Raising the Bar. Shape of Caring: A Review of the Future Education and Training of Registered Nurses and Care Assistants

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1 Raising the Bar Shape of Caring: A Review of the Future Education and Training of Registered Nurses and Care Assistants Lord Willis, Independent Chair - Shape of Caring review Health Education England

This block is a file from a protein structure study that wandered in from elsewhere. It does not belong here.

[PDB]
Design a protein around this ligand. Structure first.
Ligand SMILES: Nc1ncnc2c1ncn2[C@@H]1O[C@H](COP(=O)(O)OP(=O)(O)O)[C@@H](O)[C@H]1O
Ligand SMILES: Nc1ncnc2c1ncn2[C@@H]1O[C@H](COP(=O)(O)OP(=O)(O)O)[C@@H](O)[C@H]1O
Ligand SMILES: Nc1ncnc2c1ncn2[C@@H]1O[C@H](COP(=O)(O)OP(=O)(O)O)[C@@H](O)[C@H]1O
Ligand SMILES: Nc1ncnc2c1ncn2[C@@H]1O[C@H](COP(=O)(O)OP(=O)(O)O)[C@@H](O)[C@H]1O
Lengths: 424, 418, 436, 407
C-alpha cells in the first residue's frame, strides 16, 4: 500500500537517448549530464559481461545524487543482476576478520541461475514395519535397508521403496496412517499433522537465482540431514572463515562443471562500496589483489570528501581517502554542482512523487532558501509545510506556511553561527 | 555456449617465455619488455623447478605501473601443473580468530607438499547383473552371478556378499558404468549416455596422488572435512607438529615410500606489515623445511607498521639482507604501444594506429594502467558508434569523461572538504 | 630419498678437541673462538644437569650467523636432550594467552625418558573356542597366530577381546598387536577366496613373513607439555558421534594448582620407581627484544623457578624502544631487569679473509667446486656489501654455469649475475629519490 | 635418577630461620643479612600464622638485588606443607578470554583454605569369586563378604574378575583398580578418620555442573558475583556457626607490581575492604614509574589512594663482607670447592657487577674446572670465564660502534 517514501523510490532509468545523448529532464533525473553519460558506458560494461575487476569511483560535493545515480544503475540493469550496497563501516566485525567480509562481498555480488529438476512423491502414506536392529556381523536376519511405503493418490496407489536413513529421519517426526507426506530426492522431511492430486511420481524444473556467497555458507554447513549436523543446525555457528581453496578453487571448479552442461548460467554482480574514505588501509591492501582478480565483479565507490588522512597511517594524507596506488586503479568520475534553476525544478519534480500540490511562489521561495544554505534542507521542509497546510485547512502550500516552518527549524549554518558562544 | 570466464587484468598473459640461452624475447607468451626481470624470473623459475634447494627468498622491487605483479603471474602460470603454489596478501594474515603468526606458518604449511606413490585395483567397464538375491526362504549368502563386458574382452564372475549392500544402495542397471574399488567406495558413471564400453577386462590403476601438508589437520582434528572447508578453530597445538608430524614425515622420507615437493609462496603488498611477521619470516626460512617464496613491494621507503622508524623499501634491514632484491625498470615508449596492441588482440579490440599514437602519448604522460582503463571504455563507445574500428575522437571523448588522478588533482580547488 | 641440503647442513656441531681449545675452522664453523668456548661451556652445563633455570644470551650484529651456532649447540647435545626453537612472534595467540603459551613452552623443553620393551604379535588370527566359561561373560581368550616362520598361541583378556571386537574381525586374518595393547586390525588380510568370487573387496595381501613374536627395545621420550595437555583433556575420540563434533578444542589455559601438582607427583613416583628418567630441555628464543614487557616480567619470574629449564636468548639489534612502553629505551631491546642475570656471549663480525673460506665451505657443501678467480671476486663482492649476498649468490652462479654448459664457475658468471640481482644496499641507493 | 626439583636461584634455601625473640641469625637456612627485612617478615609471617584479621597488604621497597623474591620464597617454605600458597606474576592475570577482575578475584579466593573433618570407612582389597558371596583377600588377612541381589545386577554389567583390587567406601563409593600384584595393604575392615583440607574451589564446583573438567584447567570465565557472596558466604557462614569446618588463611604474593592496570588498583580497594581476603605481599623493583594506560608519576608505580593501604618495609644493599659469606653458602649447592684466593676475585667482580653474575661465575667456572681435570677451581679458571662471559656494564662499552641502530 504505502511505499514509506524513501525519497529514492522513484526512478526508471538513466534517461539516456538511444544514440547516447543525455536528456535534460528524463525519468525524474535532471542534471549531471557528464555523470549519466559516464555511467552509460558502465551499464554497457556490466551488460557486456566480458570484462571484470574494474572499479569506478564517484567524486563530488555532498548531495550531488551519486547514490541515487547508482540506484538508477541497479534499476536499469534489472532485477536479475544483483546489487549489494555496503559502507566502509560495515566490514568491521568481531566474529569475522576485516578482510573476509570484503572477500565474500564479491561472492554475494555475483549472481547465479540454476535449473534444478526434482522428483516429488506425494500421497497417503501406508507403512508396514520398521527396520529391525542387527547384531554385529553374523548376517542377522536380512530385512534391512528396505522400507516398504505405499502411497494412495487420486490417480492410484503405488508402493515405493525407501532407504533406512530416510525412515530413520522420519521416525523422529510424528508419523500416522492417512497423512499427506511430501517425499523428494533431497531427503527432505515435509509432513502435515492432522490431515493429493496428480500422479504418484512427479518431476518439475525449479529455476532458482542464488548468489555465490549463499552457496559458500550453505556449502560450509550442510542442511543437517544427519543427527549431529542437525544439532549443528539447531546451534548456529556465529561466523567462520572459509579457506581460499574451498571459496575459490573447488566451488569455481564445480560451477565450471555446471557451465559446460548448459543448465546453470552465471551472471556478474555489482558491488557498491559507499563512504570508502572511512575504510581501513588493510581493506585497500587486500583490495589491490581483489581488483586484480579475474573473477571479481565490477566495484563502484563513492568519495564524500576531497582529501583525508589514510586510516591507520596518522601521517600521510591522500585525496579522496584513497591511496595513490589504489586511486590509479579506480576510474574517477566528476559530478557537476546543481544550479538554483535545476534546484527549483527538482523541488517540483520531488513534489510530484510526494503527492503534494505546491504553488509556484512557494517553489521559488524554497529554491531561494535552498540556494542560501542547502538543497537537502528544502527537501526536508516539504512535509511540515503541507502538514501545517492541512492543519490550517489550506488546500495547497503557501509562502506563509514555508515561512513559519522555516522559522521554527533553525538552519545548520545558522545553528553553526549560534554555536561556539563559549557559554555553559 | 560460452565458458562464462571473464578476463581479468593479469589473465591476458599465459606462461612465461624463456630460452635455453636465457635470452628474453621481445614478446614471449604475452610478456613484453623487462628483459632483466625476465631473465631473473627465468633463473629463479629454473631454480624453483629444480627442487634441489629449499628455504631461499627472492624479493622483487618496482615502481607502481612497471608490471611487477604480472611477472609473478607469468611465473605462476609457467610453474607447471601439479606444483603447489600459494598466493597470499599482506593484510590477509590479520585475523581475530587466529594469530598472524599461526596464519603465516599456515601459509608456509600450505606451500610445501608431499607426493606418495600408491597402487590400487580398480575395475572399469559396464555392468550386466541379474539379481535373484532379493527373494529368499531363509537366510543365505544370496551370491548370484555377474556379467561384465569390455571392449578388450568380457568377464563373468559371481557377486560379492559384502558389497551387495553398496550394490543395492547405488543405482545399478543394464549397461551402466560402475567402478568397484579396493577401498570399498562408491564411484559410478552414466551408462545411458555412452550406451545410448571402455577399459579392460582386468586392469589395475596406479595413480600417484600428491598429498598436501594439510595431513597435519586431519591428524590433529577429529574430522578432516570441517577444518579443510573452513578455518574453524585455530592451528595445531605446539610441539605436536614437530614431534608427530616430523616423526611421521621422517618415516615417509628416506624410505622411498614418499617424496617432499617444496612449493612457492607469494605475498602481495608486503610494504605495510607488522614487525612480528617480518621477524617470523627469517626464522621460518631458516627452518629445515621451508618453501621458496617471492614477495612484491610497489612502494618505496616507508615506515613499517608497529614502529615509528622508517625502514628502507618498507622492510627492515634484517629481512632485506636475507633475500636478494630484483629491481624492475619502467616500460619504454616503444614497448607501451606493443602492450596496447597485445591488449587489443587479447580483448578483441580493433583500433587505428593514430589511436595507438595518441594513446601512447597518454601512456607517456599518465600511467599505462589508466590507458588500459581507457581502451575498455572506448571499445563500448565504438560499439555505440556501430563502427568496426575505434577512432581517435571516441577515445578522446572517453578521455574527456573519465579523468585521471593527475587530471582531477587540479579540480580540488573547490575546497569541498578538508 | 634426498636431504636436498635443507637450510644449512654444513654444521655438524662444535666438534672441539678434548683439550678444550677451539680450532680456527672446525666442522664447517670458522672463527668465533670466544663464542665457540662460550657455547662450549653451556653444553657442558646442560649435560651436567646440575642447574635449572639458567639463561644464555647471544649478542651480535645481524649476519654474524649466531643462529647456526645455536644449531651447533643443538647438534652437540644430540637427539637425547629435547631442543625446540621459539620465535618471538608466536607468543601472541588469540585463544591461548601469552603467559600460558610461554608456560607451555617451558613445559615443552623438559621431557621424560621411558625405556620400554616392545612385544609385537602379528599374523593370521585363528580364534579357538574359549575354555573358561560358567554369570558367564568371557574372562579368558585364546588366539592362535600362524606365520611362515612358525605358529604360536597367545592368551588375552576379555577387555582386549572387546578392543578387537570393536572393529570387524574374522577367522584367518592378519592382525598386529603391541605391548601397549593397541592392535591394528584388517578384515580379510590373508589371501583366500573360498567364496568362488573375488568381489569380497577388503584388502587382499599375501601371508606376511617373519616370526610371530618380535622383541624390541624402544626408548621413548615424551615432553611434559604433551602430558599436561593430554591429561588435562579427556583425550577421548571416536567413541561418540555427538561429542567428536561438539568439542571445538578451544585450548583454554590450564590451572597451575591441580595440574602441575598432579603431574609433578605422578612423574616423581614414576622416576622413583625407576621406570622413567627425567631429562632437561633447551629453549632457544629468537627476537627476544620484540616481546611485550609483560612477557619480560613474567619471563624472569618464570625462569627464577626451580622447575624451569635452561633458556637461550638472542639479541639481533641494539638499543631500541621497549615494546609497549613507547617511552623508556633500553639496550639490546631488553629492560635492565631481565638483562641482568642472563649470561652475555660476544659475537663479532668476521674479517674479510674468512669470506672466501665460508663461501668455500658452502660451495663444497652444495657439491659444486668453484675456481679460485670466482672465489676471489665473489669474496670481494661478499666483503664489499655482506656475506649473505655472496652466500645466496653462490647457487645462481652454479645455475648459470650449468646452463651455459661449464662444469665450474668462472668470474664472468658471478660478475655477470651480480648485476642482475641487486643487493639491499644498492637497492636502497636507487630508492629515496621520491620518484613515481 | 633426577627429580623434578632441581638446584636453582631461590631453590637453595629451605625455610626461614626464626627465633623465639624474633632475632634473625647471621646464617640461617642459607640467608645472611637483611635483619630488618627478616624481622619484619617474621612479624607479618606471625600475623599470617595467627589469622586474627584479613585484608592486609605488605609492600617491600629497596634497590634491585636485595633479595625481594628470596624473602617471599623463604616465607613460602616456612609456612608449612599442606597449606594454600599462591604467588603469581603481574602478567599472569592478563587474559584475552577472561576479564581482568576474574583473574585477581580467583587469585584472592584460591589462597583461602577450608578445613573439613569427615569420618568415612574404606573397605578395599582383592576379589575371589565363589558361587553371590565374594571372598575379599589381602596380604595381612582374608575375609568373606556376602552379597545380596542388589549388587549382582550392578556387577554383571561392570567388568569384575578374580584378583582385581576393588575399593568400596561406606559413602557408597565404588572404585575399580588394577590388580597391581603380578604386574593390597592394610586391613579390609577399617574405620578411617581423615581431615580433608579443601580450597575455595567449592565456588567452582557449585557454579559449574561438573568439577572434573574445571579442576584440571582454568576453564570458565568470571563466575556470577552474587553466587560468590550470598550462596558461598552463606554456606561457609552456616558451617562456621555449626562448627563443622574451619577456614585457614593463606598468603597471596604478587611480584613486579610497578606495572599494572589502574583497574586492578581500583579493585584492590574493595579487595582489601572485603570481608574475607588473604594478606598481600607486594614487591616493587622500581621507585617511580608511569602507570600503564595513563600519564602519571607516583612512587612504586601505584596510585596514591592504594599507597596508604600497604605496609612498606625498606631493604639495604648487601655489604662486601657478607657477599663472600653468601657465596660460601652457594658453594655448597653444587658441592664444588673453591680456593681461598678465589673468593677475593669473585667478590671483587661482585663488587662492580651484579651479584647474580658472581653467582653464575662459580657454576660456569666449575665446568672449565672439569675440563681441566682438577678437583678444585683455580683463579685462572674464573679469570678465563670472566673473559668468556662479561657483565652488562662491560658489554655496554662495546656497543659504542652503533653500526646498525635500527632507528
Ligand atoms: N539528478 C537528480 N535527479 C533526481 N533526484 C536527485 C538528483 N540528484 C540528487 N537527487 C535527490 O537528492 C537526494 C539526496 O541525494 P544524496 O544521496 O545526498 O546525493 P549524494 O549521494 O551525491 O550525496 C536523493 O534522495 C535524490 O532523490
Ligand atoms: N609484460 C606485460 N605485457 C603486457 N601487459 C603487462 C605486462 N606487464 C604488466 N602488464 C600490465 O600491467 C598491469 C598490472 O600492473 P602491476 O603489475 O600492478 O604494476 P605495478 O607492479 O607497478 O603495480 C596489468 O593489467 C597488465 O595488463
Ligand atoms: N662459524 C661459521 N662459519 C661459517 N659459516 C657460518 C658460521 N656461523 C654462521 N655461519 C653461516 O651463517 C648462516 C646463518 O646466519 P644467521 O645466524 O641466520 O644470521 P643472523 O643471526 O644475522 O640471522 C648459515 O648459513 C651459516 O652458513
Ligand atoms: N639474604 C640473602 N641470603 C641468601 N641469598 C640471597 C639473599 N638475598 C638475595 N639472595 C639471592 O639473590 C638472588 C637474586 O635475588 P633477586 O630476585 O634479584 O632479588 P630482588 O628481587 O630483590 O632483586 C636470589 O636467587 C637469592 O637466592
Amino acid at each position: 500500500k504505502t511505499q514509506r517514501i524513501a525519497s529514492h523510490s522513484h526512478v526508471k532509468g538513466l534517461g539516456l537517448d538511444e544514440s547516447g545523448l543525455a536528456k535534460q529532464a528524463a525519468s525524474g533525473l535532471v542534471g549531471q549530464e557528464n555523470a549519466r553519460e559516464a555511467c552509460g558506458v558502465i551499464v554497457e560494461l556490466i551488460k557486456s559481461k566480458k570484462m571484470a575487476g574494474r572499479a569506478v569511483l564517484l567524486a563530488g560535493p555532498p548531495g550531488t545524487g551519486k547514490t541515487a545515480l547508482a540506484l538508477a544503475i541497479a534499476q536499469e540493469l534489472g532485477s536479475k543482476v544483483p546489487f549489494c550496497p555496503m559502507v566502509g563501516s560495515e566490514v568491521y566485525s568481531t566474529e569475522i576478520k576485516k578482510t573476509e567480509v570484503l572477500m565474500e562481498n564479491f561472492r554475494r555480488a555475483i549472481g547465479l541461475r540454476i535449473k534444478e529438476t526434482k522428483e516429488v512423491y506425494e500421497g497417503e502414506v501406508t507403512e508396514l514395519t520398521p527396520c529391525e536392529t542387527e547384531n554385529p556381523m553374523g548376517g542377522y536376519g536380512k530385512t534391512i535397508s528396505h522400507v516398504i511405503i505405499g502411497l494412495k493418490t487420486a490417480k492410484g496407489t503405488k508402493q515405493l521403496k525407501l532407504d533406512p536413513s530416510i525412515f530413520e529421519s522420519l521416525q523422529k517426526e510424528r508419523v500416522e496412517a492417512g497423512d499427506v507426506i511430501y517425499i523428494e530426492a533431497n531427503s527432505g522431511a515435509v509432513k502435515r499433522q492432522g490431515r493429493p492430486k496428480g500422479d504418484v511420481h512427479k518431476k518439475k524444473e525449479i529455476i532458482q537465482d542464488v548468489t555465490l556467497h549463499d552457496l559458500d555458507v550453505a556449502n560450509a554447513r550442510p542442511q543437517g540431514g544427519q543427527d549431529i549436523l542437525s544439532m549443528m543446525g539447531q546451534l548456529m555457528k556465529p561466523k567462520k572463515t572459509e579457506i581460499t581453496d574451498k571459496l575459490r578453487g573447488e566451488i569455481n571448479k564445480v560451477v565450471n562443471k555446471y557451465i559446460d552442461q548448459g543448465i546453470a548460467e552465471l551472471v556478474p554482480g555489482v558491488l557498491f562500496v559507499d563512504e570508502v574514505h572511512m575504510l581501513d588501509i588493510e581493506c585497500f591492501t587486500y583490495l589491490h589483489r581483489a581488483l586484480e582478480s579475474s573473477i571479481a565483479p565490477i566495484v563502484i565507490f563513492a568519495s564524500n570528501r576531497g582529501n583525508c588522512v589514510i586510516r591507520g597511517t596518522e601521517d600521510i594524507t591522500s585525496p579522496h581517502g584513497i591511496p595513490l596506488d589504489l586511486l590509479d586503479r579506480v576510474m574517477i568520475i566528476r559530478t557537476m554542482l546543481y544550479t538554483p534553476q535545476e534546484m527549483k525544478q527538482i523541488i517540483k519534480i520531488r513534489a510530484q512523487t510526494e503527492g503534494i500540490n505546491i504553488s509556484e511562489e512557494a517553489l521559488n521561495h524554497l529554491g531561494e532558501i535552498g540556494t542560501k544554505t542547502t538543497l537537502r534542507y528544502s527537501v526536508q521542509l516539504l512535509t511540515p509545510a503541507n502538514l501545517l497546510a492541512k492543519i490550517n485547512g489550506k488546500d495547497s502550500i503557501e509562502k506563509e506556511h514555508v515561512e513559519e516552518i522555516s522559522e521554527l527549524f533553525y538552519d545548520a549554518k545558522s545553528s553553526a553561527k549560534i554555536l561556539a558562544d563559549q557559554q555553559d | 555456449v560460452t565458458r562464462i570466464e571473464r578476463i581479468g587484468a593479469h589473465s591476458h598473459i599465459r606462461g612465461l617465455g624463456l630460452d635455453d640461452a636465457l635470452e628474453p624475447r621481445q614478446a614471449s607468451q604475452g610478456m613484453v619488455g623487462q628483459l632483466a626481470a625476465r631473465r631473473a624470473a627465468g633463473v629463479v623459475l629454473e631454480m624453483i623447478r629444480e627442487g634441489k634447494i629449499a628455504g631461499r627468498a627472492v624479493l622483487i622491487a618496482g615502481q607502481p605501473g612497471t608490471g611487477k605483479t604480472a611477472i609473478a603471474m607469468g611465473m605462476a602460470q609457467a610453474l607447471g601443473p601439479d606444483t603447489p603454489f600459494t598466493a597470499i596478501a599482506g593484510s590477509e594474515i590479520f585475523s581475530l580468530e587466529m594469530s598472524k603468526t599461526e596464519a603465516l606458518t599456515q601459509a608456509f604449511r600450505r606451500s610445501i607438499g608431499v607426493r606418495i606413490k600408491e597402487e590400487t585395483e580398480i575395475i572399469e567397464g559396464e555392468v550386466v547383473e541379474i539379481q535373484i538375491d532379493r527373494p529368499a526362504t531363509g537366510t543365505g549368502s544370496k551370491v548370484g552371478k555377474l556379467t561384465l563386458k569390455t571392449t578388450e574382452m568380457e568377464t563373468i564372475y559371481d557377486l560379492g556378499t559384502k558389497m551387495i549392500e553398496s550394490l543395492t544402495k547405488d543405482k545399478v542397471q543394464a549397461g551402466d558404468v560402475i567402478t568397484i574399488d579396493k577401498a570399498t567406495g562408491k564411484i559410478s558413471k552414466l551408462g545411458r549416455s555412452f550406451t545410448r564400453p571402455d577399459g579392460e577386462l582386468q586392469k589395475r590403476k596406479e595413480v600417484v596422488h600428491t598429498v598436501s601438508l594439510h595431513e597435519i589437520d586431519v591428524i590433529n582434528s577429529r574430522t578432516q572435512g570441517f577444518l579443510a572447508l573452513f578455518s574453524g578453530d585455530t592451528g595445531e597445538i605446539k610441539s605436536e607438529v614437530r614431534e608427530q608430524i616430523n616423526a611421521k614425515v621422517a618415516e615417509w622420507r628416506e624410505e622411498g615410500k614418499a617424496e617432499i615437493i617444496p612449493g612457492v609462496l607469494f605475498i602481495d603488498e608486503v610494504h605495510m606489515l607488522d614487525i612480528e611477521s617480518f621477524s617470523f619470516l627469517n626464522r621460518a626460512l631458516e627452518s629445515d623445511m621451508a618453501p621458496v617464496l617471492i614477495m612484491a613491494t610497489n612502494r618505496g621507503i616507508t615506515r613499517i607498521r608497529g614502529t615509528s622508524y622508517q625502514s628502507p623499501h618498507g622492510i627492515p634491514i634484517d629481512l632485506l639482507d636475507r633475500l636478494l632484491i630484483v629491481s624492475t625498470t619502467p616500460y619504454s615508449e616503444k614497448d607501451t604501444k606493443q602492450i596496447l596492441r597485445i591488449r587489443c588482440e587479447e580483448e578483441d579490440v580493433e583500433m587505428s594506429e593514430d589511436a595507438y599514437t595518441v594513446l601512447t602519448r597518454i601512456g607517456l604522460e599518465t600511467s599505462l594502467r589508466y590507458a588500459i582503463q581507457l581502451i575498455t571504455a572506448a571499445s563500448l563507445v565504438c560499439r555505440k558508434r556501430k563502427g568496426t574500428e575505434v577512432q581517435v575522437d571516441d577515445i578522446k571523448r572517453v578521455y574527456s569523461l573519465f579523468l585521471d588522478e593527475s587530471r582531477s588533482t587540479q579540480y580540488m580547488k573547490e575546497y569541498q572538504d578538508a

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3 Introduction from Lord Willis Introduction from Lord Willis The establishment of Health Education England (HEE) as a Special Health Authority and its immediate future as a non-departmental public body with responsibility for the education and training of the health workforce has afforded a unique opportunity to look beyond the current mandate to the needs of a workforce some 10 or 15 years from now. Whilst the future is clouded with uncertainty new technology, pharmaceutical advances, genetic engineering and emergent evidence based medical and nursing practice requires us to develop new ways of working with an aging population, that will have more complex co-morbidities, be more aware of their care needs and have growing expectations of what the care system should deliver with them and for them. Against the backdrop of recent high-profile national reports such as Willis (2012), Francis (2013), Berwick (2013), Keogh (2013) and Bubb (2014) all of which emphasised the need for care to be patient-centred, compassionate and well informed HEE invited me to act as an independent chair of the Shape of Caring review, which focuses on care staff and registered nurses to determine if current education and training is fit for purpose. It was an exciting time to undertake this review, given the abundance of recent reports and recommendations (which I was anxious to build on rather than duplicate), and particularly as it coincided with the publication of the NHS England Five Year Forward View which sets out the short-term challenges faced by the NHS and the steps needed to develop a workforce which is more community and public health-focused. 1 Inevitably, issues of staff shortages, use of agency staff, bank staff and overseas nurses, and in particular shortages of appropriately trained care staff were constantly brought to my attention. I fully recognise that these issues do impact on high-quality care, as does pay and conditions of service but so does having the right patient focused education and training, appropriate career structures and crucially the shape and nature of the culture within which our registered nurses and care staff deploy their skills and practice. Together these shape the nature of our health and social care services. Ten months to review the current education and training system was clearly insufficient, and not enough time for me to become an expert or cover every aspect, though I saw little that contradicted my views when I wrote the review of pre-registration nurse education and training for the Royal College of Nursing (RCN). The majority of my time has been spent observing good practice and speaking with care assistants, registered nurses, organisations, patients and the public, and I have tried my best to identify key areas needing attention. Recommendations should therefore be viewed as open suggestions, as many require detailed examination, consultation and further research before implementation. My hope is that they will raise debate amongst those who are charged with educating future generations of registered nurses and care staff and also among front line staff themselves, who possess most of the solutions already! I have met so many people who are raising the bar and are committed to a career in nursing or caring. I have learnt so much through our call for evidence and, whilst we have tried to include a myriad of examples of good practice, I only wish this report had more space to include everything I ve witnessed and read. My recommendations have been guided by two principles: to celebrate existing good practice, which needs to be widely disseminated to stimulate a debate around areas with less evidence and to generate a research culture; and the need to provide the appropriate foundation architecture to make change necessary. In both cases, the public must be at the heart of what we do, both as patients and as taxpayers and the NHS Constitution must be the guiding framework. This review does not seek to apportion blame or criticism; indeed, the fact that we have in place such a strong foundation of regulation, education and commitment must be recognised as a huge strength. However, to meet the challenges that lie ahead, every individual or organisation providing healthcare must ask how can they raise the bar to continue to provide a world-class health and care workforce. 3